Felicia Hemans’s History in Drama: Gender Subjectivities Revisited in The Vespers of Palermo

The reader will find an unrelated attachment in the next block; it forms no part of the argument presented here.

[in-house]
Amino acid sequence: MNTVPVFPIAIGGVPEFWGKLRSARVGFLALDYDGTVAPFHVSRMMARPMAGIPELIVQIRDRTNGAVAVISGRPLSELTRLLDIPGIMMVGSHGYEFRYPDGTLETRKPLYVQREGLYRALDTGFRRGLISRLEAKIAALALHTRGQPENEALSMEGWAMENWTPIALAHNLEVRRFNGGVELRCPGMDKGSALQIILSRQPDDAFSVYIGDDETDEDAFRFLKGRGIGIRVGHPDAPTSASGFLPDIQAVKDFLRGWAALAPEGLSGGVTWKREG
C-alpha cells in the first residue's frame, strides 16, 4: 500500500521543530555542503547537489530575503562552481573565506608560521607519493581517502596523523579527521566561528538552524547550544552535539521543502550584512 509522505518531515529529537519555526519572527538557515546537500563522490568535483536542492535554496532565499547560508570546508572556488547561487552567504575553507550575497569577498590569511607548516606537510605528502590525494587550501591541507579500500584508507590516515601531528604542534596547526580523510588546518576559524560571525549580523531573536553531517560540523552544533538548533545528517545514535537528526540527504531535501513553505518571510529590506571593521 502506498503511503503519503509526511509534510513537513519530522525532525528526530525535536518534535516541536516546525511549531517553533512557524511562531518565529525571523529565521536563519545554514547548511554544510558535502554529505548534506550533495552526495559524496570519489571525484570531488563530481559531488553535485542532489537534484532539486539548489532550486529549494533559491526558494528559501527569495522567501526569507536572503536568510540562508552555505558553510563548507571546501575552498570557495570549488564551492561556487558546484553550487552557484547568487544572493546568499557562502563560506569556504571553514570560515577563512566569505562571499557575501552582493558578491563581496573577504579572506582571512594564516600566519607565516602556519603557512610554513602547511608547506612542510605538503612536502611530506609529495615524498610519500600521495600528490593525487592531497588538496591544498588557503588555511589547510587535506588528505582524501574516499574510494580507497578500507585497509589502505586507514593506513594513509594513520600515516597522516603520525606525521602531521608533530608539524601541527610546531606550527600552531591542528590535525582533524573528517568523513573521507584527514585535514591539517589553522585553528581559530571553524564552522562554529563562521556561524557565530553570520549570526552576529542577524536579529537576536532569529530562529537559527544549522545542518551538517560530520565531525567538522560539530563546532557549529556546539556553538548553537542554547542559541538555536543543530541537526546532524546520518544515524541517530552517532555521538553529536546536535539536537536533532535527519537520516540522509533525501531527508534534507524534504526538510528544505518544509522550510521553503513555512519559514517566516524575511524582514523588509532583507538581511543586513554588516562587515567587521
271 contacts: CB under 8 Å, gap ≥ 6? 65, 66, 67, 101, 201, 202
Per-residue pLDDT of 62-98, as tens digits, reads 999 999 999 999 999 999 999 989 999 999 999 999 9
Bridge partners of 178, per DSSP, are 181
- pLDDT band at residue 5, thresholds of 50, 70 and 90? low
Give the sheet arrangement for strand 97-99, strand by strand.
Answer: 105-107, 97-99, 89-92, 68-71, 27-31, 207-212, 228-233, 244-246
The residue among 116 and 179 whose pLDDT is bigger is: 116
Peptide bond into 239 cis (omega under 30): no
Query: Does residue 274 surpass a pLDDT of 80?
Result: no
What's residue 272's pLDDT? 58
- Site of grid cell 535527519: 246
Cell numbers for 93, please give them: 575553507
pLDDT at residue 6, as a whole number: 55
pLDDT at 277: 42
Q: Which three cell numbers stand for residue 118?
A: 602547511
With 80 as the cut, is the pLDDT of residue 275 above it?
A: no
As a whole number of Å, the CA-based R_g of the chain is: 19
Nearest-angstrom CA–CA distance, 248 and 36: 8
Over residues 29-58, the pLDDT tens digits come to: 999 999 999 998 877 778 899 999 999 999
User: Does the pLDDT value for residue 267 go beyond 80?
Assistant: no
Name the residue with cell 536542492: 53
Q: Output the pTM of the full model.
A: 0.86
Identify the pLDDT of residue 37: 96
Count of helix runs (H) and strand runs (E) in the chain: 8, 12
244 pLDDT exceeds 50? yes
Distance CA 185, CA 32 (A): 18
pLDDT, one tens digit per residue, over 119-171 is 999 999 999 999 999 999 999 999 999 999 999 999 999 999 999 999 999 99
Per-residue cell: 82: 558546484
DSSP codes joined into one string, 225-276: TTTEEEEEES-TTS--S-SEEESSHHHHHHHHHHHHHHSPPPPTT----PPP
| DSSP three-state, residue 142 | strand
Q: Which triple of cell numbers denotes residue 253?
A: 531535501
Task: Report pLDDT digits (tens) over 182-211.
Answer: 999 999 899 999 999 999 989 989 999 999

Within the framework of a transnational discourse and a new vision of Europe, that focused on the attention of Great Britain towards the South and towards Mediterranean countries, Felicia Hemans (1793-1835) fashioned a historical discourse that addressed some of the fundamental issues of the time. These issues include the new role played by women in the public sphere; the relationship, no longer just between mothers and daughters, but also between fathers and sons; the long European wars and Colonial expansion; the feminization of heroism and citizenship and the problematic presence of women warriors. All these issues, which are at the same time global and transnational, are engaged with and staged in Felicia Hemans’s plays, such as The Siege of Valencia (1823) and The Vespers of Palermo (1823). In the latter play, central to the investigation of this essay, Hemans also discusses the question of Italian freedom that Lady Morgan had already publically addressed in her volume Italy. This essay will attempt to demonstrate how Hemans reshapes gender subjectivities, in the context of national and transnational history.
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